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Science & Exploration

ESA ISS Science & System - Operations Status Report
Increment 18

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ESA / Science & Exploration / Human and Robotic Exploration / Columbus

23 January 2009

This is ISS status report No. 25 from the European Space Agency outlining ESA’s science related activities that have taken place on the ISS during the past week for different European experiments and experiment facilities, and additional information about European ISS systems and key ISS events for the time period. The report is compiled by ESA’s Human Spaceflight Coordination Office in cooperation with ESA’s Columbus and Payload Operations Management and Mission Science teams.

ISS Utilisation Programme

The principal focus of the European utilisation of the ISS is the Columbus laboratory, which was launched and permanently attached to the ISS in February 2008. In addition to the science taking place using the internal and external experiment facilities of the Columbus laboratory, ESA also has some further ongoing research taking place in the US Destiny laboratory and the Russian Segment of the ISS. The current status of the European science package on the ISS is as follows:

European science and research facilities inside the Columbus Laboratory

Biolab and WAICO experiment
On 21 January a maintenance file upload to the Biolab Rack Interface Controller was carried out. The Handling Mechanism positioning and functional test was also successfully executed. Further testing of Biolab’s two centrifuges, the automatic chemical fixation system and the atmosphere control system will be carried out in the next few weeks before the actual execution of the second run of the Waving and Coiling of Arabidopsis Roots (WAICO) experiment.

The next run of the WAICO experiment in Biolab, will take place during Increment 19 following the arrival of the science part of the experiment. This science part with plant seeds will be transported in conditioned state tentatively on Shuttle flight 2J/A in June 2009.

Fluid Science Laboratory and Geoflow experiment
Geoflow scientific activities are currently on hold in order to investigate unexpected temperatures in the Geoflow Experiment Container (EC) during science run#10 on 9 January, and also for difficulties transferring data for the Geoflow experiment. Initial analysis suggests that some SF6 gas within the EC has entered in the liquid thermalisation loop around the experiment cell which could be responsible for the breakdown of the temperature gradients experienced. This failure implies the need to download the Experiment Container to ground for detailed failure analysis and repair. Planning of future runs of the exhaustive Geoflow science programme will continue on resolution of this issue.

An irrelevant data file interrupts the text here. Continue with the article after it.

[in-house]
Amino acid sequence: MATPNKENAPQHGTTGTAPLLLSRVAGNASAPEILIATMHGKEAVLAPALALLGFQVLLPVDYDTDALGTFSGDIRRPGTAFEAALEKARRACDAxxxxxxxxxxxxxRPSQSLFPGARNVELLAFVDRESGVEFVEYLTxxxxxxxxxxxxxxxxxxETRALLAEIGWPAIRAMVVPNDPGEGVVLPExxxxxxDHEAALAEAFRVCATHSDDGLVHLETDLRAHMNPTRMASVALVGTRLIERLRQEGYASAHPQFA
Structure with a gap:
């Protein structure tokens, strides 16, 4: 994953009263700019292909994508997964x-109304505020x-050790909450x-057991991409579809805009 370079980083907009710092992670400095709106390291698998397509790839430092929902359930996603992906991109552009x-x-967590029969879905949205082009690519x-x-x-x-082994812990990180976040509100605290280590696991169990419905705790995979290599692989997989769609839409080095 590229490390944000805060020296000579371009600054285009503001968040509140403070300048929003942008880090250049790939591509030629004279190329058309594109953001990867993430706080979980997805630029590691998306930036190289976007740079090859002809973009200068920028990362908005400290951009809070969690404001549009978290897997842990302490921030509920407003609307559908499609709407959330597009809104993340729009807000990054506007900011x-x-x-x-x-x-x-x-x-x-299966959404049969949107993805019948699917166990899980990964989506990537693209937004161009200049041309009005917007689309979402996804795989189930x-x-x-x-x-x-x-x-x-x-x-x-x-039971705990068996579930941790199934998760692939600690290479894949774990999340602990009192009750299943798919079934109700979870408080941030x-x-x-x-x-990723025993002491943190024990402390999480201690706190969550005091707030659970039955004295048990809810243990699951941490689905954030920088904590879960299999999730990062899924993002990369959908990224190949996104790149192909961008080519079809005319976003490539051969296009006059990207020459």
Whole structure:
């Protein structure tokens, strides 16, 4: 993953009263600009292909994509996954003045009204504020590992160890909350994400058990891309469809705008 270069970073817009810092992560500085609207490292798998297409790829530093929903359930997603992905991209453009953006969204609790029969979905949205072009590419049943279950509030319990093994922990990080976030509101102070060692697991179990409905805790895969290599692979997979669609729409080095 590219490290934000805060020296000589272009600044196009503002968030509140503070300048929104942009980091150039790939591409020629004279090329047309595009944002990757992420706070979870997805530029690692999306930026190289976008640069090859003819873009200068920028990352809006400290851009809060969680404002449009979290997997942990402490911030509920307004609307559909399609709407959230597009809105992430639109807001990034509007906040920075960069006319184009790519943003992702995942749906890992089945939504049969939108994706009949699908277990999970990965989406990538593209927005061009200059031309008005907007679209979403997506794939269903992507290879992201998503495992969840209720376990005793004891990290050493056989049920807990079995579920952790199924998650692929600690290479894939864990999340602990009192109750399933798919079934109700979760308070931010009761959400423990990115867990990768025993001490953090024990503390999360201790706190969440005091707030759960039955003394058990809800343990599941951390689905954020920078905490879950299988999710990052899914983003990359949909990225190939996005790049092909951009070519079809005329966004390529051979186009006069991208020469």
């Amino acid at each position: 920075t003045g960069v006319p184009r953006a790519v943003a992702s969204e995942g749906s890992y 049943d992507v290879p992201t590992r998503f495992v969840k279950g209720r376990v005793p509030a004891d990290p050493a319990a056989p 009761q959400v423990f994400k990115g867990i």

ISS Commander Mike Fincke also carried out on-orbit troubleshooting activities on the Fluid Science Laboratory’s Video Tape Recorder on 20 January. Three days later the facility was activated, and it was concluded from telemetry data that the video recorder is correctly installed and functional.

The Geoflow experiment investigates the flow of a viscous incompressible fluid between two concentric spheres rotating around a common axis under the influence of a simulated central force field. This is of importance for astrophysical and geophysical problems, such as global scale flow in the atmosphere, the oceans, and in the liquid nucleus of planets.

European Drawer Rack including the Protein Crystallisation Diagnostics Facility
There were no operations involving the European Drawer Rack this week. The European Drawer Rack is an experiment facility housing the Protein Crystallisation Diagnostics Facility (PCDF), which is an advanced ISS research payload for the investigation of problems of protein crystallisation in space. Its very sophisticated in-situ optical experiment diagnostics equipment will allow for precise in-situ monitoring of the organic protein crystals’ growth conditions.

After successful completion of the exhaustive science preparation programme on ground, the Processing Unit of the Protein Crystallisation Diagnostics Facility was delivered to the Belgian User Support and Operation Centre (B-USOC/Brussels) for filling of the solution growth reactors with a variety of different protein solutions. The PCDF Processing Unit will be flown in active mode (for continuous thermal conditioning of samples) to the ISS in the Shuttle middeck on the upcoming flight 15A, which is due for launch on 12 February 2009. The Protein experiment series will last 3-4 months comprising 3 subsequent crystallisation cycles. The final set of organic protein macromolecules will be returned to Earth on the subsequent Shuttle flight 2J/A for detailed analysis in various European science labs.